Keeping an Ethical Perspective on End-of-Life Issues
|BY BRIAN GARAVAGLIA, PHD|
| Keeping an ethical perspective on |
Caregivers can’t necessarily look to paperwork for answers for respecting dying residents’ wishes
| Long-term care increasingly has become a separate and distinct part of the healthcare system. As an area of medical specialization, it has its own unique regulations, terminology, and even views of healthcare that separate it from other areas of healthcare. Given its distinct perspective, end-of-life issues frequently have to be addressed, often more so than in acute care settings. Long-term care settings are more personalized than acute care settings and that, coupled with the population’s greater chronicity, leads to long-term care professionals having to deal regularly with end-of-life issues. Nevertheless, many professionals still have a poor understanding of the ethical considerations involved.|
The importance of this has become especially apparent after the recent Terri Schiavo case. And it is worth leading off the discussion with a look at some basic ethical concepts.
Many professionals fear the specter of litigation that has become all too common. Yet, by embracing this fear, they often attempt to do what is legal while alienating themselves from doing what is ethical. Thus, to avoid potential litigation, they may advise and engage in futile therapy.2,3
What should be prominent in providers’ minds are helping to assist and counsel those with issues such as grief and bereavement, reconciling them to their decisions, and helping residents and families move toward the final transitions of life. However, when technical and legal issues take on primary importance, providers tend to view sympathy and caring for the integrity of the whole person as secondary.2
What we are witnessing, as Finucane suggests, is society’s legal and medical values approving of an individual’s autonomy being superceded by bureaucratic ritualism.2 Kaufman has also addressed this, noting that the American healthcare industry is defining and shaping death and how one should die, 4 but that healthcare workers often experience ethical ambiguity because of the lack of clarity that has become part of this issue. As a result, those who face end-of-life decisions and those who have to help counsel and assist them often have to muddle through bureaucratic rules that override the dignity and autonomy of the dying, while at the same time purporting to adhere to resident rights.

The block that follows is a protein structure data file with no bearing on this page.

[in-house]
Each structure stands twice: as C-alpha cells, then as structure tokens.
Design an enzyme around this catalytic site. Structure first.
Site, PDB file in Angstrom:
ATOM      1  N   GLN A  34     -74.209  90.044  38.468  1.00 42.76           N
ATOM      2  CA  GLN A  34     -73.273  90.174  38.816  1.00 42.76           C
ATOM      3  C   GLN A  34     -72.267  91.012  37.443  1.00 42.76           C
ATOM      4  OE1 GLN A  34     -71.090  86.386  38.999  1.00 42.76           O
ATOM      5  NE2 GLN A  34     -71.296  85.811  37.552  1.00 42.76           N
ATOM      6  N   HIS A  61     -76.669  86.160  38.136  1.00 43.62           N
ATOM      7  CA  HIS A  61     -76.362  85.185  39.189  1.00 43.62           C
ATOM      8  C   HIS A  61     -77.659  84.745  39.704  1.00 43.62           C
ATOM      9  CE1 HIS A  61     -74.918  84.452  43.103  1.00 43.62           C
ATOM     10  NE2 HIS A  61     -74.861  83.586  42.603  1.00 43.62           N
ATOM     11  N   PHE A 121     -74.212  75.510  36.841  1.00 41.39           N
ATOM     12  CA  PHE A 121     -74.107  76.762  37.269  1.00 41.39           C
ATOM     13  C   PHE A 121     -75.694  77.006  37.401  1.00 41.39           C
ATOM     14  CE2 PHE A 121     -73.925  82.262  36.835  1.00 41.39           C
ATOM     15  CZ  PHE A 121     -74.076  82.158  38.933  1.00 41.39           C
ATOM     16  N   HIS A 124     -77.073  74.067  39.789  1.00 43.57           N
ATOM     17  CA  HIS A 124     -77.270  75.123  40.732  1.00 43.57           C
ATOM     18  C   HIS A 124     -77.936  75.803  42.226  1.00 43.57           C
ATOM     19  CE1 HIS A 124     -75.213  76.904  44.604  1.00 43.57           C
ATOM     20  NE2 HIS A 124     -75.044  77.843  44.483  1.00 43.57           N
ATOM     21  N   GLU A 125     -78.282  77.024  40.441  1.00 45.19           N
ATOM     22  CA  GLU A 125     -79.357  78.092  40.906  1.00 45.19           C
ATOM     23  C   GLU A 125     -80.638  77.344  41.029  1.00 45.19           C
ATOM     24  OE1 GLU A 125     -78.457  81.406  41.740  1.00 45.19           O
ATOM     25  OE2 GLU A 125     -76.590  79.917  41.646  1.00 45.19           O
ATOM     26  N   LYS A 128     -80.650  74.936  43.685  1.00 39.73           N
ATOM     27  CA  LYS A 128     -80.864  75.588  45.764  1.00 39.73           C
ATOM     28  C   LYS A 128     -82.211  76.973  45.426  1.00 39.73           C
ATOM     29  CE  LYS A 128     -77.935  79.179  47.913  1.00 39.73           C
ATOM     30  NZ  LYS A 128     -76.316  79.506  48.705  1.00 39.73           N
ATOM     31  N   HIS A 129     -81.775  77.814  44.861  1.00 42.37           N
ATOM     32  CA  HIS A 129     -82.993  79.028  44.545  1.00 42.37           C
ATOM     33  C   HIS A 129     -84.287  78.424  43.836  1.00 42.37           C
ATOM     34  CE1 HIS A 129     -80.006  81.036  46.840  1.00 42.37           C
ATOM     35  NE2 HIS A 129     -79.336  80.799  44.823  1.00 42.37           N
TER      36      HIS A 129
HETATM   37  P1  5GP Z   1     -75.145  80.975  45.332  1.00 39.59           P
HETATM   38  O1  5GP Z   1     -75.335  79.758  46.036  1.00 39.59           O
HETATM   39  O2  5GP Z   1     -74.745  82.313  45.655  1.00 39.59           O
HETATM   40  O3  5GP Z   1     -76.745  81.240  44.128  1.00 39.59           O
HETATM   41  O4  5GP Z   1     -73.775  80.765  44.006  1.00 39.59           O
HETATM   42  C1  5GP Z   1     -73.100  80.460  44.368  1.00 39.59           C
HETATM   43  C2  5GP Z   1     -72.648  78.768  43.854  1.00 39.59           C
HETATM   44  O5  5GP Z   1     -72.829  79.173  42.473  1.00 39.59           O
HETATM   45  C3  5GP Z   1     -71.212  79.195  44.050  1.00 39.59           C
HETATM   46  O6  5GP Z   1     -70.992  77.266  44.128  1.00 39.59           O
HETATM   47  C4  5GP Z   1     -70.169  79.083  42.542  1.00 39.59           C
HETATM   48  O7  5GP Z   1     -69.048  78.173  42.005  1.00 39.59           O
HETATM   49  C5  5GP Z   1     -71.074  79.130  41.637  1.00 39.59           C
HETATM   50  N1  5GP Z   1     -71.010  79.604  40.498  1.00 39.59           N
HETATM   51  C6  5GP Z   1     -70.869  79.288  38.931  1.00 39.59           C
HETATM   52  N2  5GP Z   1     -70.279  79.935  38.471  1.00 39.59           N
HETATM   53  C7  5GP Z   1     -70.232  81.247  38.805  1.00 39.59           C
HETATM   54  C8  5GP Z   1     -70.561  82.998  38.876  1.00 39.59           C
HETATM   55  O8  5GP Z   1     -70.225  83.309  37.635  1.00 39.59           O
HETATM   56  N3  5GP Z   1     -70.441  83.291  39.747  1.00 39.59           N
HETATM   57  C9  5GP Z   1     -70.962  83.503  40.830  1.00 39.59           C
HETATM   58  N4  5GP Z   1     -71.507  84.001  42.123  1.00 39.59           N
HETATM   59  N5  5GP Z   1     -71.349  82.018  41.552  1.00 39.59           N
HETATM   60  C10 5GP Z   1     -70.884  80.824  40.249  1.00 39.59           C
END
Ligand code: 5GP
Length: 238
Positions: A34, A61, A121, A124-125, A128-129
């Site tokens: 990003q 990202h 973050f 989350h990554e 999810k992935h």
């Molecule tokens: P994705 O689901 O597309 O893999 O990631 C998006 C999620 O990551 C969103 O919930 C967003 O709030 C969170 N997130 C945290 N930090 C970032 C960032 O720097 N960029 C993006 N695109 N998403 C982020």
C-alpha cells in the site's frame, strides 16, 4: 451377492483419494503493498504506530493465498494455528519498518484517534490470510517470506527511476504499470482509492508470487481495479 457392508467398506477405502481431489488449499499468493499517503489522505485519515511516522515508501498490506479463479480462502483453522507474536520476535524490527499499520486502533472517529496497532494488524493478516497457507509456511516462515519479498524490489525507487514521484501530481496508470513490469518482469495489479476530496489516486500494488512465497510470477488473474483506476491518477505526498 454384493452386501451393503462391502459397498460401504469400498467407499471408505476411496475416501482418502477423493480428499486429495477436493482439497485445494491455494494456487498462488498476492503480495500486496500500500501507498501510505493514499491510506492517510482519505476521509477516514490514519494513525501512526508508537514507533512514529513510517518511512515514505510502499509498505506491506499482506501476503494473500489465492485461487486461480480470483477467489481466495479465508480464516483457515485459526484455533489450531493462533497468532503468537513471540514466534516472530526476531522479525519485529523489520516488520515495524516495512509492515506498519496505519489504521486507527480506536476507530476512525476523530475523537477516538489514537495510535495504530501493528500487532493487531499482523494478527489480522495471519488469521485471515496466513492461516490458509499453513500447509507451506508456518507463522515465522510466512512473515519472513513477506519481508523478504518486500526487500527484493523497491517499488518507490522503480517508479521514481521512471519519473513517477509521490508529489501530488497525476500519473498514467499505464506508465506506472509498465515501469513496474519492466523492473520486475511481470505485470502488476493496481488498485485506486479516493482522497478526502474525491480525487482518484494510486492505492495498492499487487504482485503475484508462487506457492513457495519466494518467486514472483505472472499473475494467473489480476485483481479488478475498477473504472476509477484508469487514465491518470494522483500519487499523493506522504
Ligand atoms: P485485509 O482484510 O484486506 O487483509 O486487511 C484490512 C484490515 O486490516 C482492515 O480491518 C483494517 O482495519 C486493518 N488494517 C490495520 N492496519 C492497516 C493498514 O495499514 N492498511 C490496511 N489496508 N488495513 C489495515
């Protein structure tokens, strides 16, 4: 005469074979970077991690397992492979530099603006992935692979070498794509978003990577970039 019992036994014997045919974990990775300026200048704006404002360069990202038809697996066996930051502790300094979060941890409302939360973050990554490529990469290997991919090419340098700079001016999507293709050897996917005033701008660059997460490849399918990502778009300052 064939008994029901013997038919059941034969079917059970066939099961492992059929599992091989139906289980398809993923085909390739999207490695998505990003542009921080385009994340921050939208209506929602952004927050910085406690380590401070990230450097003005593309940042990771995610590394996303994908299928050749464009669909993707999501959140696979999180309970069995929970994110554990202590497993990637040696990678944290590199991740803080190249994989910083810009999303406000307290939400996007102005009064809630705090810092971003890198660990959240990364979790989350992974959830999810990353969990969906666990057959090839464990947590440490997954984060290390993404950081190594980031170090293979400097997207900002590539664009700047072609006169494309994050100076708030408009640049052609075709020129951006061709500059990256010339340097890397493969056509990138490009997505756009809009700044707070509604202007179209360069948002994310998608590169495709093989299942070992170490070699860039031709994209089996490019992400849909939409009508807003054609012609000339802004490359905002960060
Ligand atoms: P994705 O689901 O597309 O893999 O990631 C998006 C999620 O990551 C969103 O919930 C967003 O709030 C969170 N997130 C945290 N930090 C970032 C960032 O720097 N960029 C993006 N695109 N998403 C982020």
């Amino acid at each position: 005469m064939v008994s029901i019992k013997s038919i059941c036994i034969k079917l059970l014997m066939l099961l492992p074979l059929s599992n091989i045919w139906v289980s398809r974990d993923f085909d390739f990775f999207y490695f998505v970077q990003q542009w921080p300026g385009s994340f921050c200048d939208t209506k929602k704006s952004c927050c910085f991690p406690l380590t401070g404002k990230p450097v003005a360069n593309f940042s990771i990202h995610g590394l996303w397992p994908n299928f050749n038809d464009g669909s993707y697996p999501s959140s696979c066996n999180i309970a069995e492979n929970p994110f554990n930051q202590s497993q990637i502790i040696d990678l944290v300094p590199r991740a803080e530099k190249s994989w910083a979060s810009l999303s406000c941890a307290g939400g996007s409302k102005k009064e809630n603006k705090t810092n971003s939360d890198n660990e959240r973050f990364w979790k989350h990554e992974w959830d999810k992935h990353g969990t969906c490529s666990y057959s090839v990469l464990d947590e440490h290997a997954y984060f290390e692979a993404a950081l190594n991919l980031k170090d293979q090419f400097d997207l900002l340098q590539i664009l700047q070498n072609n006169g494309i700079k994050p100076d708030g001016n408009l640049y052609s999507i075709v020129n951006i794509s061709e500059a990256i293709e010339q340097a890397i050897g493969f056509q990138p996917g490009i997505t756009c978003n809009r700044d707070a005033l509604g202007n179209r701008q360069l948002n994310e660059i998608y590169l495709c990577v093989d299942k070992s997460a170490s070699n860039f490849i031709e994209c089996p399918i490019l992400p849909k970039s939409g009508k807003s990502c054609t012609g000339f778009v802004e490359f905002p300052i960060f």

This should not be construed as advocating methods outside of the legal realm, such as assisted suicide or active euthanasia. Rather, the same legal and bureaucratic forces that have promulgated these rules also negate the dignity and autonomy that they state need to be honored.
The Problem With Paperwork
Doing What Is “Right”
Understanding the proxy’s role is critical. As Idziak writes, the preferred standard for proxy decision makers is the “principle of substituted judgment,” in which the proxy is advised to advocate based on the “values and desires of the patient.” 6
Dementia’s Effects on Decision Making
Individuals in the early stages of dementia still usually do have the ability to make their own decisions. However, when they do, their decisions are often ascribed to their dementia, and staff feel obliged to seek alternative input from a responsible party or durable power of attorney. Even though these residents are still able to make informed decisions, they’re being treated as a product of the disease, further stripping them of their autonomy. Dementia may indeed eventually strip these residents of their identity, but long-term care professionals often unethically hasten this process by treating them as if they were totally incapacitated virtually from day one.
Then there are those family members who state that they will make all the decisions, even though the residents are fully competent to do so themselves. Often the family member can become contentious in insisting on the need to make decisions on the resident’s behalf. Sometimes staff will feel that it is better to capitulate to such demands rather than constantly be antagonized by the family member. Here again, however, the long-term care professional has to defend the resident’s autonomy. The need to counsel and inform all staff who are involved of the ethical and legal obligations they hold is imperative.
The Importance of Individualism
As Schneiderman has found, sound consultation can help people think more clearly about these issues, thereby reducing the likelihood of futile treatments.8 Yet caregivers counseling residents and families must remember that protecting residents’ autonomy should be of foremost concern and that residents or proxies are ultimately responsible for making important decisions about care.
Almost 300 years ago Immanuel Kant strongly stated the importance of holding firm on these issues. Kant’s concept of ethics was built on obligation. As Kant stated, “Duty is the necessity to act out of reverence for [moral] law.”9 Kant felt that we are ethically bound to honor individuals’ autonomy. Three hundred years later, the issue remains an important challenge to counselors and other healthcare professionals who deal with end-of-life issues.
Brian Garavaglia, PhD, is a long-term care administrator based in Michigan, and a gerontologist specializing in dementia and addictions in older adults. He has worked in geropsychiatry for 17 years and teaches at colleges in the Detroit metropolitan area. To send your comments to the author and editors, please e-mail firstname.lastname@example.org .
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